But so is her entire performance. Not afraid of the darkest corners of the character, Foster shows all of the shades of Violet, from bleak to bliss. The woman who beats her for the Tony Award this season will need to be inhumanly good.

Like all great performances, Foster is given immaculate support and energy from a series of integral and complementary performances from the rest of the cast.

As Monty, the impossibly handsome, impossibly arrogant, impossibly sexy, impossibly shallow and impossibly self-centred soldier Violet meets on her bus trip, Colin Donnell is exceptionally good. He redefines Ugly. It’s a wonderful performance, full of seductive nuance and unspoken self-loathing. And the final scene between he and Foster is dynamite.

Alexander Gemignani is marvellous as Violet’s plain, backwoods father, a simple man haunted by the loss of his wife and how he reacted to his daughter’s injury. He lets you see Violet as he does – a shattered reflection of the image of his dead wife. It is a delicate but entirely believable performance, spiced with tenderness and a father ‘s determination to protect and shield. He is heartbreaking in “That’s What I Could Do”.

Annie Golden is fabulous as (first) the old lady who meets Violet on the bus and who is the first to experience Violet’s less than desirable side. She is perfect in her portrait of plain ordinary “rightness”. Then she appears as the Hotel Hooker in the scenes in Memphis where she is bedraggled, beyond desperate, drugged and staggeringly (in every sense) good. Magical to watch.

However, the performance of the evening comes from Joshua Henry. His Flick, the hard-working black superior officer buddy to Monty, is flawless. And, in his extraordinary solo, Let It Sing, he is show-stopping. The final redemptive moments, for Flick and Violet, work extraordinarily well. He underplays much of the emotional side of the character to great effect. It would be easy for a less gifted actor to make too much of the parallels between Flick’s perception of the beauty of his skin and Violet’s perception of hers, but Henry strikes the right note every time. It is possible to see how he has been Monty’s friend but despised him at the same time. Again, he will be nigh impossible to beat for a Tony Award.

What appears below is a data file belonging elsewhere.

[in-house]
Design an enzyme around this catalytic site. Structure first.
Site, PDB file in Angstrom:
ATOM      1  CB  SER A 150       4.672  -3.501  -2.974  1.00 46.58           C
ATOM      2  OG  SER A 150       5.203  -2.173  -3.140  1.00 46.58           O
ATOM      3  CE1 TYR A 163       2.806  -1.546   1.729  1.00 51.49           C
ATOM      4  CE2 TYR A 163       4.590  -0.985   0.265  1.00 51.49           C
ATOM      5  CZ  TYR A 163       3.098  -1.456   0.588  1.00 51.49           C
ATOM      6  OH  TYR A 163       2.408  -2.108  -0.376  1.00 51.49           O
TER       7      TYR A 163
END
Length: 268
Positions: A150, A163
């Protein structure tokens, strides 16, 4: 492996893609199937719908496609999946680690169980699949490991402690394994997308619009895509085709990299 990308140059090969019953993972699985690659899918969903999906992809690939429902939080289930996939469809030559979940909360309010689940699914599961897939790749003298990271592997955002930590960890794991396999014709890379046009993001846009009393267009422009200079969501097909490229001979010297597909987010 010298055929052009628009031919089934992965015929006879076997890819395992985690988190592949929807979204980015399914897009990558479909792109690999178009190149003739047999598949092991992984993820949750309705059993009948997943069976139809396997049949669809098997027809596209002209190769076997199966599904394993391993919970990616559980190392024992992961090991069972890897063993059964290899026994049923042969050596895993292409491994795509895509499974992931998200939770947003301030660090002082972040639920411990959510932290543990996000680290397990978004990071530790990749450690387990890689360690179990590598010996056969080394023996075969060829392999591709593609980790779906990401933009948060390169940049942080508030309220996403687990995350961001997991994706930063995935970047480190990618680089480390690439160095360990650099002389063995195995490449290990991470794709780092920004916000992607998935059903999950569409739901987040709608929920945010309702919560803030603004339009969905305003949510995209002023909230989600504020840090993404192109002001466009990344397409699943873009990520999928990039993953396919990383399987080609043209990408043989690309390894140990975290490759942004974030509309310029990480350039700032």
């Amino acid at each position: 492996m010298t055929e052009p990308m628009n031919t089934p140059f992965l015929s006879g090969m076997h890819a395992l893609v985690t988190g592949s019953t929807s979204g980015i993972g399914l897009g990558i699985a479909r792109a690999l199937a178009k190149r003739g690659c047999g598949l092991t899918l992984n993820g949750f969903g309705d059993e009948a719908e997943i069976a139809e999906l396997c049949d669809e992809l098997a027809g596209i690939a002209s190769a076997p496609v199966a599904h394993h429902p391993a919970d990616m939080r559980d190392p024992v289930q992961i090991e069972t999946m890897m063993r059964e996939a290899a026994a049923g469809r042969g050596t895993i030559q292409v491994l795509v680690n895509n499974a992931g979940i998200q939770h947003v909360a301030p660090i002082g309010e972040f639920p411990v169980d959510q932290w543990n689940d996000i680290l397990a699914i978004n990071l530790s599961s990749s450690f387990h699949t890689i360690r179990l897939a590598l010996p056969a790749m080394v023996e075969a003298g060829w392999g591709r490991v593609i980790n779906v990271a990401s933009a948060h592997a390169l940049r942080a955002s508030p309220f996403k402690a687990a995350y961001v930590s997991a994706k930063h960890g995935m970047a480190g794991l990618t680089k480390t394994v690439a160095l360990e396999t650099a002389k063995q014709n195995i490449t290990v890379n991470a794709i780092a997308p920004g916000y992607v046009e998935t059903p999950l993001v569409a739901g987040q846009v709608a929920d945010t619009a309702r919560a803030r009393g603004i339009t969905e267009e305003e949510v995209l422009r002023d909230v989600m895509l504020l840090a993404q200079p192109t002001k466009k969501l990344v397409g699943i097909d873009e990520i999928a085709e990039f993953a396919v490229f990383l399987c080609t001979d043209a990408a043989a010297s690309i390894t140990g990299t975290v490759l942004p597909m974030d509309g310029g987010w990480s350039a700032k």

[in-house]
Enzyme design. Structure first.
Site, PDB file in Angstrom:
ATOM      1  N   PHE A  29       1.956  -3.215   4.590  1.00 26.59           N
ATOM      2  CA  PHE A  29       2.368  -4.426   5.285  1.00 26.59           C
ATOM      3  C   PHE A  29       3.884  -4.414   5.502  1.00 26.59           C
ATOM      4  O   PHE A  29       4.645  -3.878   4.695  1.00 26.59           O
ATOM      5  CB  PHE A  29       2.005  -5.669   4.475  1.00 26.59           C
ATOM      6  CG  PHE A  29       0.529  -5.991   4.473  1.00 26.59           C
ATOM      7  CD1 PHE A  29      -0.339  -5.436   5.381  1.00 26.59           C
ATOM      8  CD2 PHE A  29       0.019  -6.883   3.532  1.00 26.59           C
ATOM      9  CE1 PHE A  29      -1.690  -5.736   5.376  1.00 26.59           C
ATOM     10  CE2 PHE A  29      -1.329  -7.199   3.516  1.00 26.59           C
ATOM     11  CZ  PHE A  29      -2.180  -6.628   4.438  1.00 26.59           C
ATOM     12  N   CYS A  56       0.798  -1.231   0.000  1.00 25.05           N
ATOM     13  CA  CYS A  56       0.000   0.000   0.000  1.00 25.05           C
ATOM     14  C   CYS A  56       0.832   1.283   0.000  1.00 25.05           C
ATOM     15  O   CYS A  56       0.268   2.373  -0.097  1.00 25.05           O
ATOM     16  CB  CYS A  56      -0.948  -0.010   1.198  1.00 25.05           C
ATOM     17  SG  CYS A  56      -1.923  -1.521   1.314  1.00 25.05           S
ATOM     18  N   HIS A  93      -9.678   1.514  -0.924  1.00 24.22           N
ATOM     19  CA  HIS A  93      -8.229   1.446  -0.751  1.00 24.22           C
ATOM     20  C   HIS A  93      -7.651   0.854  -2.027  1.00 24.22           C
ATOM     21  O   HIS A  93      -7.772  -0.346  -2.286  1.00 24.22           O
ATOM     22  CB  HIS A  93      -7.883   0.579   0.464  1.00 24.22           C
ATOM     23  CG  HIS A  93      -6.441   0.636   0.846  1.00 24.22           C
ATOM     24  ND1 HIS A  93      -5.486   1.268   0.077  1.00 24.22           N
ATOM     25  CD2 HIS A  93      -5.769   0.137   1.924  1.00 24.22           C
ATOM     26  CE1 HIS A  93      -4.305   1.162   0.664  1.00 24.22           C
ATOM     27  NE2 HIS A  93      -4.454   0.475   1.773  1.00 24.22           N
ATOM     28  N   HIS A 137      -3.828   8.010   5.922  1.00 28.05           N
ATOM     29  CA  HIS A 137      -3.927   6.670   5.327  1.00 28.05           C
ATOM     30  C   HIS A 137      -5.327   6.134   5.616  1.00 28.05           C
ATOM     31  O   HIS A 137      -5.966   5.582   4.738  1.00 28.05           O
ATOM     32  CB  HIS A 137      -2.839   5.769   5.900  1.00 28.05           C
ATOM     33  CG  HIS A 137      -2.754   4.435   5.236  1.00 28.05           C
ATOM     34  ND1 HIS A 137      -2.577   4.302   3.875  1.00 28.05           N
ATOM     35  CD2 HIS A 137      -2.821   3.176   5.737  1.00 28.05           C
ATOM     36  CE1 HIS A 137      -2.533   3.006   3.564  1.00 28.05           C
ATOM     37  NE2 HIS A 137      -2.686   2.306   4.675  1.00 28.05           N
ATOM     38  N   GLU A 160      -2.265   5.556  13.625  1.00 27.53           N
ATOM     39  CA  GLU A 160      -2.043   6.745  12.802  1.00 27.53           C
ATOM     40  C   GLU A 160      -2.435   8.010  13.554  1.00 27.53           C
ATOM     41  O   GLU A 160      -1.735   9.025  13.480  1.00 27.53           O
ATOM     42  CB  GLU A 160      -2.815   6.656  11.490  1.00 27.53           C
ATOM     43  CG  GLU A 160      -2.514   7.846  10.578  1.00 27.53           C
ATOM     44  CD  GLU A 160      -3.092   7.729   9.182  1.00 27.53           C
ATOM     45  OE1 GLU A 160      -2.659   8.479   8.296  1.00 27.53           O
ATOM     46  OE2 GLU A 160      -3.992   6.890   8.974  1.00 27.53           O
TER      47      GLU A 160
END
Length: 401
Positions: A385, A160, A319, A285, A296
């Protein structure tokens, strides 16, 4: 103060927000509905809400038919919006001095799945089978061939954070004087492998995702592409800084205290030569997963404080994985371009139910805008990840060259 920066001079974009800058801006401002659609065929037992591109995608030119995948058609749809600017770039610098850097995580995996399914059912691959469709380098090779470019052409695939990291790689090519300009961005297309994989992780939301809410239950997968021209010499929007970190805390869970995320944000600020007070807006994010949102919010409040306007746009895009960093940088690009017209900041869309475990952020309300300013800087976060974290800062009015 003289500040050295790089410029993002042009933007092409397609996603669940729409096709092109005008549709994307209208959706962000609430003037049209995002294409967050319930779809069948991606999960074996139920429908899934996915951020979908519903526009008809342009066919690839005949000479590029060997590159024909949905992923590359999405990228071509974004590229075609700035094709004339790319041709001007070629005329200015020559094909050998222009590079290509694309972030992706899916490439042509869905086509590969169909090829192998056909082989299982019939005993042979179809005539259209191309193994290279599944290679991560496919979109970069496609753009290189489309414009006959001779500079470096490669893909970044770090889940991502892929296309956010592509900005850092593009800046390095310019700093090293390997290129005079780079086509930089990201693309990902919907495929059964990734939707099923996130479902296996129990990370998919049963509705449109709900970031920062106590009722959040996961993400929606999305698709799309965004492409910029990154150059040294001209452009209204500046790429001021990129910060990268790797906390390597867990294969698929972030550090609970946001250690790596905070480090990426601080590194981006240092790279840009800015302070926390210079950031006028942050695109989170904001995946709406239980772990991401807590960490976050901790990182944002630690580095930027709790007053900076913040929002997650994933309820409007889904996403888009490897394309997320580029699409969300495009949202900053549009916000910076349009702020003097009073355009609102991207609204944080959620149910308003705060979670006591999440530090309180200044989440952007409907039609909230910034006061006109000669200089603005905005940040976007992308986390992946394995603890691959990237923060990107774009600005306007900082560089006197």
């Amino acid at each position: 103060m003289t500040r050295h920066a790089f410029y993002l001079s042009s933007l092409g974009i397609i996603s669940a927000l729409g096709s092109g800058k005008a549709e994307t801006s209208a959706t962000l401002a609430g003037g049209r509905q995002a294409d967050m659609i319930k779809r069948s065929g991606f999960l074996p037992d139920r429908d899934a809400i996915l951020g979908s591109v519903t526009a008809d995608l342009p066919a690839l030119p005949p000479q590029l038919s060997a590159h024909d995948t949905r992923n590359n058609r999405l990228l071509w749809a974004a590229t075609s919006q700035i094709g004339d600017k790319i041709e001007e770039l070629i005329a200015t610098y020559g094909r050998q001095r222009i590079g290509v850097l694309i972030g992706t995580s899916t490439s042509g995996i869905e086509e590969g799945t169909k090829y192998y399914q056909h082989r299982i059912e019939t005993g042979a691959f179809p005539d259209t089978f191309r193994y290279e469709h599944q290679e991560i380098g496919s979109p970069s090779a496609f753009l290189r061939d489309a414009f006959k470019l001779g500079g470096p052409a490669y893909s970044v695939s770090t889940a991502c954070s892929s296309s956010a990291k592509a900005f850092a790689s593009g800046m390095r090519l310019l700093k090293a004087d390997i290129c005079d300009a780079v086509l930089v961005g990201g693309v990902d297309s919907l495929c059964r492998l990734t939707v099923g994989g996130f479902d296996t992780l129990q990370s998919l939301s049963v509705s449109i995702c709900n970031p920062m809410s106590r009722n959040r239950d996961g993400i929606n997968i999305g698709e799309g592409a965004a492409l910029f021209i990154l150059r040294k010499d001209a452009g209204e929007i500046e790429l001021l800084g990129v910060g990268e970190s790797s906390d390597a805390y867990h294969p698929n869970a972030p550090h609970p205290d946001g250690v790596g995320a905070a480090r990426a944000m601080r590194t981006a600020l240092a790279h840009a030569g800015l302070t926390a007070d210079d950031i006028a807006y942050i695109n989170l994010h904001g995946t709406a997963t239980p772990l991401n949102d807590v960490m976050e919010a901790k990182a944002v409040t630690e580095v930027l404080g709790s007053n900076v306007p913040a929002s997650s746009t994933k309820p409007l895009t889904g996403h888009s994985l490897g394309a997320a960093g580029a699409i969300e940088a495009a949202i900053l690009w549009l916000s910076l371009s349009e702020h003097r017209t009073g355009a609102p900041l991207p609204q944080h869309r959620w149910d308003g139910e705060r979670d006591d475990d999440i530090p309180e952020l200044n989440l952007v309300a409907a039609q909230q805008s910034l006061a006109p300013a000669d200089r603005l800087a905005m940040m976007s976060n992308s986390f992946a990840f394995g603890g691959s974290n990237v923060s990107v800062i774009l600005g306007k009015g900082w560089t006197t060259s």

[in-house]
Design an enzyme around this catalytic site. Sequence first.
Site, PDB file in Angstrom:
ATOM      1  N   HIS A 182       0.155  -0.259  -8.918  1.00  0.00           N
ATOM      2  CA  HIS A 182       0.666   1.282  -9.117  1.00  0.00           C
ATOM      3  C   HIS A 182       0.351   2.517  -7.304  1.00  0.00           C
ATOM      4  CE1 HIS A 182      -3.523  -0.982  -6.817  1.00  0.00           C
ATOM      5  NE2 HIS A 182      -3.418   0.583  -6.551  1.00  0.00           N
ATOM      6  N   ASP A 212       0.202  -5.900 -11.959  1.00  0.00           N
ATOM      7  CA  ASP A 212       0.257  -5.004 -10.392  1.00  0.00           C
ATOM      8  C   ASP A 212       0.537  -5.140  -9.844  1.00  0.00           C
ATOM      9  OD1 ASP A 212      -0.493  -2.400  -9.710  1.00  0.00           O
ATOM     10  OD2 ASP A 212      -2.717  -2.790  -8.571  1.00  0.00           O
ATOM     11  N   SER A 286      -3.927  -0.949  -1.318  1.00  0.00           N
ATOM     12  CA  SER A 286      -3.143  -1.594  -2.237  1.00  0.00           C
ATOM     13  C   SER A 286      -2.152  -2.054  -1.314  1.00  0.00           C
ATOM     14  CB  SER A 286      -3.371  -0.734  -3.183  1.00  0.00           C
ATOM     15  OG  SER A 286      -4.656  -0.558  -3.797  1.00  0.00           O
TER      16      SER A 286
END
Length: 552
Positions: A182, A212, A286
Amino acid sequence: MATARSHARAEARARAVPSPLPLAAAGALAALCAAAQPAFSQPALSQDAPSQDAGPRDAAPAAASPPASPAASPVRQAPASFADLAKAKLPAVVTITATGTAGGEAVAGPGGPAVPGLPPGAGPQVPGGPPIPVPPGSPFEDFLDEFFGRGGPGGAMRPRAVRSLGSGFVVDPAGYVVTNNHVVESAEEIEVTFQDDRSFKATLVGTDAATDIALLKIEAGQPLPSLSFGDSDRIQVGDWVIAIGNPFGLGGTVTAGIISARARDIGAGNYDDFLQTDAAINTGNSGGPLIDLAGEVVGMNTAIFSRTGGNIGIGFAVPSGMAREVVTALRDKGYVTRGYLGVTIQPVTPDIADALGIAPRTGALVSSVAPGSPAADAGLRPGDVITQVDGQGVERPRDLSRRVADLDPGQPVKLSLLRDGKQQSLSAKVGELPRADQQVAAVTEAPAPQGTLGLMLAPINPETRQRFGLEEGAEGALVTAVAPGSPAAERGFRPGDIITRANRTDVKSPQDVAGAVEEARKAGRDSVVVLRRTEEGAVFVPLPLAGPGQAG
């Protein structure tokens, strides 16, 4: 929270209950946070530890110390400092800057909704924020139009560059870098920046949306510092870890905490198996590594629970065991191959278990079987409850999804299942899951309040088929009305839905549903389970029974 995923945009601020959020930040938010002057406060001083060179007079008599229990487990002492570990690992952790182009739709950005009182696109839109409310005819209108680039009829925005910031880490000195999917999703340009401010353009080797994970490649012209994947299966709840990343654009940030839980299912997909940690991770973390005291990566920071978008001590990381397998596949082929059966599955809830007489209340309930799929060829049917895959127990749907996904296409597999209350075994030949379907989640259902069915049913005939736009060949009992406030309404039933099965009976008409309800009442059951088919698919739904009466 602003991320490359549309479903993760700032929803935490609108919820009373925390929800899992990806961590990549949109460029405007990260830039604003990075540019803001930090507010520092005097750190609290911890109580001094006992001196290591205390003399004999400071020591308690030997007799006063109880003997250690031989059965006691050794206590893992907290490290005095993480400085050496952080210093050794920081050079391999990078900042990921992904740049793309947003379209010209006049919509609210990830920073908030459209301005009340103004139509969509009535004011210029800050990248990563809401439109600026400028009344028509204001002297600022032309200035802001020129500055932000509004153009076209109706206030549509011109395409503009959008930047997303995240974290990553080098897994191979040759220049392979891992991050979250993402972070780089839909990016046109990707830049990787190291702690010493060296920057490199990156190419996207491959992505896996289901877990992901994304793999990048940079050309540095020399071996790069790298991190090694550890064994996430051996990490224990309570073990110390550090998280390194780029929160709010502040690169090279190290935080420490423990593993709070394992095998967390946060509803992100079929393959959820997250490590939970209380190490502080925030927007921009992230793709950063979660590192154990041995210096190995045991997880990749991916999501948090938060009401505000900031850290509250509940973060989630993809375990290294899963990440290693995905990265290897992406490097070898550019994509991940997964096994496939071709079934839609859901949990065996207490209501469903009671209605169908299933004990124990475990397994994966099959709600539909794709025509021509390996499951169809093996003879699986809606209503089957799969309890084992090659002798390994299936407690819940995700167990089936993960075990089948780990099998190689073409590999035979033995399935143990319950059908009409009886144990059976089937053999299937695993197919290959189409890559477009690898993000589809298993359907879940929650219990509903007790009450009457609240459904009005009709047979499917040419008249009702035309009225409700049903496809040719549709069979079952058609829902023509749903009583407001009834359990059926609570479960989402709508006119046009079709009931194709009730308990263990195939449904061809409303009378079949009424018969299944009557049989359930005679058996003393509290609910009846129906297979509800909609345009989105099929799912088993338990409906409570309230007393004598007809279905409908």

One of the great gifts here is that it is often impossible to differentiate between the music and the speech. The songs are a seamless part of the narrative and there is musicality in every aspect of the scene work. It’s the realisation of harmony between text and score.

The ensemble is small but exceptional. The orchestra led by Mark Rafter is dynamic and thrilling. Mark Barton’s clever mood-creating lighting effectively transforms David Zinn’s minimalist set and together they evoke the ambience and sense of the mid-Sixties perfectly.

A perfect gem of a musical, hewn from truth and pain and polished by creatives and artists with magnificent skill. Unforgettable.

Do anything to see it.